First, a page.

Erbie Jennings III
Laying the Foundation, 12th grade
Mixed media
Episcopal Collegiate School, Little Rock
Teacher: Joy Schultz

Ashlyn Sorrows
Stand Together, 8th grade
Mixed Media
Pulaski Heights Middle School, Little Rock
Teacher: Jessica Taverna

Forty-two works by students from sixth through 12th grades at schools across Arkansas comprise the “Imagine the Inclusive School of the Future” art exhibit at Little Rock Central High School National Historic Site Visitor Center.

The exhibit, on display Sept. 1-30 at 2120 W. Daisy L. Gatson Bates Dr., is part of the University of Central Arkansas College of Fine Arts and Communication’s commemoration of the 90th anniversary of the building of Little Rock Central High School in 1927 and the 60th anniversary of the desegregation crisis that occurred there in 1957 through the “Imagine If Buildings Could Talk: Mapping the History of Little Rock Central High School” project.

“I can’t wait for the public to see the artwork submitted by students from around the state,” said Dr. Gayle Seymour, project director and associate dean of UCA’s College of Fine Arts and Communication. “They will see high-quality work that not only exhibits knowledge of the principles of design, formal elements and a variety of techniques, but also awareness of many issues related to diversity.”

Admission is free.

Arkansas students in grades 6-12 were invited to design and create an artwork that addressed the question, “What does an inclusive school look like to you?” The contest was designed to further conversations about equity and social justice. Students and teachers were encouraged to think about inclusion in its widest possible definition.

Students were also asked to consider how design — of buildings, landscapes, furniture, fixtures, equipment or other products — could best serve students from disparate intellectual, cultural and economic backgrounds, as well as those with differing abilities, to access education opportunities.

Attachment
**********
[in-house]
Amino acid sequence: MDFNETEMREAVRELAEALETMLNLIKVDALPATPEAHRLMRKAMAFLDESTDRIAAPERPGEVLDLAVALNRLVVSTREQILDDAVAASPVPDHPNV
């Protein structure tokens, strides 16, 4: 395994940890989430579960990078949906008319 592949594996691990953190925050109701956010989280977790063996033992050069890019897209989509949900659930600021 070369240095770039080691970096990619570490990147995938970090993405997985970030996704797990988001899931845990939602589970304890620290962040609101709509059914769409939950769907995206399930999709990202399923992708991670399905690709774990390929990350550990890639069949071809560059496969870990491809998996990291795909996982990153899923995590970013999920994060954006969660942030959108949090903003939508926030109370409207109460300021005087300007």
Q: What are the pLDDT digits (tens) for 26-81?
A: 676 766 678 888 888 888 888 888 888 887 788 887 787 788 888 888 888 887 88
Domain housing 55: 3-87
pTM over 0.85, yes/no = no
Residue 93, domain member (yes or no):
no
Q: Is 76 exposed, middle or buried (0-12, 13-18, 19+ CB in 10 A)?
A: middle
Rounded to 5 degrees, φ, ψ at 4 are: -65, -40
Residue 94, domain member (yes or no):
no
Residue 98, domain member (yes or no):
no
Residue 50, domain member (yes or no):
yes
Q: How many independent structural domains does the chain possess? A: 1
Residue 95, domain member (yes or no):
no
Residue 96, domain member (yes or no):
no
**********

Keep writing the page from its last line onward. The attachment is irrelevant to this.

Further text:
Students were asked to write a brief Artist’s Statement about the inspiration, imagery and technical approach to their artwork.

Schools participating in the contest included Little Rock Central, Bryant High School, Conway High School, Episcopal Collegiate School in Little Rock, Lake Hamilton High School in Pearcy, LISA Academy in Little Rock, Pulaski Heights Middle School in Little Rock, Southside High School in Fort Smith and St. Joseph Catholic School in Paris.

Ninety students submitted works on paper, which included mixed media, drawing, painting, photography and digital work.

Three winners from each division (grades 6-8 and 9-12) will receive gift certificates from Blick Art Materials. An awards ceremony is set for 4 p.m. Saturday, Sept. 23, at the visitor center.

Sponsors for the project include Pyramid Art, Books, and Custom Framing/Hearne Fine Art; Blick Art Materials; and Delta Kappa Gamma Society International. Collaborating partners include the Federal Bureau of Investigation Little Rock Field Office and the Little Rock Central High School National Historic Site.

“Imagine If Buildings Could Talk: Mapping the History of Little Rock Central High School” is made possible in part by a major grant from the National Endowment for the Arts, marking 51 years of excellence, and the National Park Service, celebrating its 101st birthday. “Imagine Your Parks” is a grant initiative from the NEA created in partnership with the NPS to support projects that use the arts to engage people with memorable places and landscapes of the National Parks System.

For more information, contact Seymour at 501-450-3295 or at gayles@uca.edu or visit uca.edu/cfac/central60/central60events/

The UCA College of Fine Arts and Communication includes the Departments of Art, Music, and Film, Theatre and Creative Writing, as well as the School of Communication. The college’s primary mission is the preparation of the next generation of artists, educators and communicators. For more information about CFAC, visit www.uca.edu/cfac or call 501-450-3293.